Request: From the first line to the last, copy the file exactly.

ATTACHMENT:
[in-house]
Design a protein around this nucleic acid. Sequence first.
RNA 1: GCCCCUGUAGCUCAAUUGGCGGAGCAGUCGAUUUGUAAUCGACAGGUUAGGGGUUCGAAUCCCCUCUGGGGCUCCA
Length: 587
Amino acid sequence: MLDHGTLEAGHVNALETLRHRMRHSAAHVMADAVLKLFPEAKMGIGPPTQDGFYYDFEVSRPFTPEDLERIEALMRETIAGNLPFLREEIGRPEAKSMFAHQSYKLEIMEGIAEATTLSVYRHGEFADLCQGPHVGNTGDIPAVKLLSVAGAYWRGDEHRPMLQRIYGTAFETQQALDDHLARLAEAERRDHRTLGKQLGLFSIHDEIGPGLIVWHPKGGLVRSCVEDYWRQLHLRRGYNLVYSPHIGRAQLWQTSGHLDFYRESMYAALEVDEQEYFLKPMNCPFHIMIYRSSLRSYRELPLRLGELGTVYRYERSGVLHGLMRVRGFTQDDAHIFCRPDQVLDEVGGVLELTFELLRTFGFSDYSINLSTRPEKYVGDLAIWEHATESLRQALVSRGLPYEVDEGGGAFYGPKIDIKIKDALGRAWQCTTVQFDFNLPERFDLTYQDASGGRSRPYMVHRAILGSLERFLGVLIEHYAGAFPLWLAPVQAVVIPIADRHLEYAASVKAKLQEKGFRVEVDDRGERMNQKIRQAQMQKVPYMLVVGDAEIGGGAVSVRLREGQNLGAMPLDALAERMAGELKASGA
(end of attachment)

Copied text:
[in-house]
Design a protein around this nucleic acid. Sequence first.
RNA 1: GCCCCUGUAGCUCAAUUGGCGGAGCAGUCGAUUUGUAAUCGACAGGUUAGGGGUUCGAAUCCCCUCUGGGGCUCCA
Length: 587
Amino acid sequence: MLDHGTLEAGHVNALETLRHRMRHSAAHVMADAVLKLFPEAKMGIGPPTQDGFYYDFEVSRPFTPEDLERIEALMRETIAGNLPFLREEIGRPEAKSMFAHQSYKLEIMEGIAEATTLSVYRHGEFADLCQGPHVGNTGDIPAVKLLSVAGAYWRGDEHRPMLQRIYGTAFETQQALDDHLARLAEAERRDHRTLGKQLGLFSIHDEIGPGLIVWHPKGGLVRSCVEDYWRQLHLRRGYNLVYSPHIGRAQLWQTSGHLDFYRESMYAALEVDEQEYFLKPMNCPFHIMIYRSSLRSYRELPLRLGELGTVYRYERSGVLHGLMRVRGFTQDDAHIFCRPDQVLDEVGGVLELTFELLRTFGFSDYSINLSTRPEKYVGDLAIWEHATESLRQALVSRGLPYEVDEGGGAFYGPKIDIKIKDALGRAWQCTTVQFDFNLPERFDLTYQDASGGRSRPYMVHRAILGSLERFLGVLIEHYAGAFPLWLAPVQAVVIPIADRHLEYAASVKAKLQEKGFRVEVDDRGERMNQKIRQAQMQKVPYMLVVGDAEIGGGAVSVRLREGQNLGAMPLDALAERMAGELKASGA